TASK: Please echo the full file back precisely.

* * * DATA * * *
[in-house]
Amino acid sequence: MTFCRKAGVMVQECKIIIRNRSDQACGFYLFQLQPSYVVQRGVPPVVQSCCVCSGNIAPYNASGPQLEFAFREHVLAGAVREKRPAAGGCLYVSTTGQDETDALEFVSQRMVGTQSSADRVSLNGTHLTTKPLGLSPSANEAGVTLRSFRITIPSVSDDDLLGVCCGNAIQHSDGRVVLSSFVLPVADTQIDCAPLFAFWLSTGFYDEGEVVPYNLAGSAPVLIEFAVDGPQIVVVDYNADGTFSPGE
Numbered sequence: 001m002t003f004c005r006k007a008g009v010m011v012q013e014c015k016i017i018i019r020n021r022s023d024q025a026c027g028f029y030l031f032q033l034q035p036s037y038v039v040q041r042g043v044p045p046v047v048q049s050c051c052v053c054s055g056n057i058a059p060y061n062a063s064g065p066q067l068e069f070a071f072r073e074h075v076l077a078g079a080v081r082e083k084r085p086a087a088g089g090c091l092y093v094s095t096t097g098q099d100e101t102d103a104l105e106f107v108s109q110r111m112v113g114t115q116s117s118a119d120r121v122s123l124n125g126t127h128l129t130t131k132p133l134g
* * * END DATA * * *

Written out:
[in-house]
Amino acid sequence: MTFCRKAGVMVQECKIIIRNRSDQACGFYLFQLQPSYVVQRGVPPVVQSCCVCSGNIAPYNASGPQLEFAFREHVLAGAVREKRPAAGGCLYVSTTGQDETDALEFVSQRMVGTQSSADRVSLNGTHLTTKPLGLSPSANEAGVTLRSFRITIPSVSDDDLLGVCCGNAIQHSDGRVVLSSFVLPVADTQIDCAPLFAFWLSTGFYDEGEVVPYNLAGSAPVLIEFAVDGPQIVVVDYNADGTFSPGE
Numbered sequence: 001m002t003f004c005r006k007a008g009v010m011v012q013e014c015k016i017i018i019r020n021r022s023d024q025a026c027g028f029y030l031f032q033l034q035p036s037y038v039v040q041r042g043v044p045p046v047v048q049s050c051c052v053c054s055g056n057i058a059p060y061n062a063s064g065p066q067l068e069f070a071f072r073e074h075v076l077a078g079a080v081r082e083k084r085p086a087a088g089g090c091l092y093v094s095t096t097g098q099d100e101t102d103a104l105e106f107v108s109q110r111m112v113g114t115q116s117s118a119d120r121v122s123l124n125g126t127h128l129t130t131k132p133l134g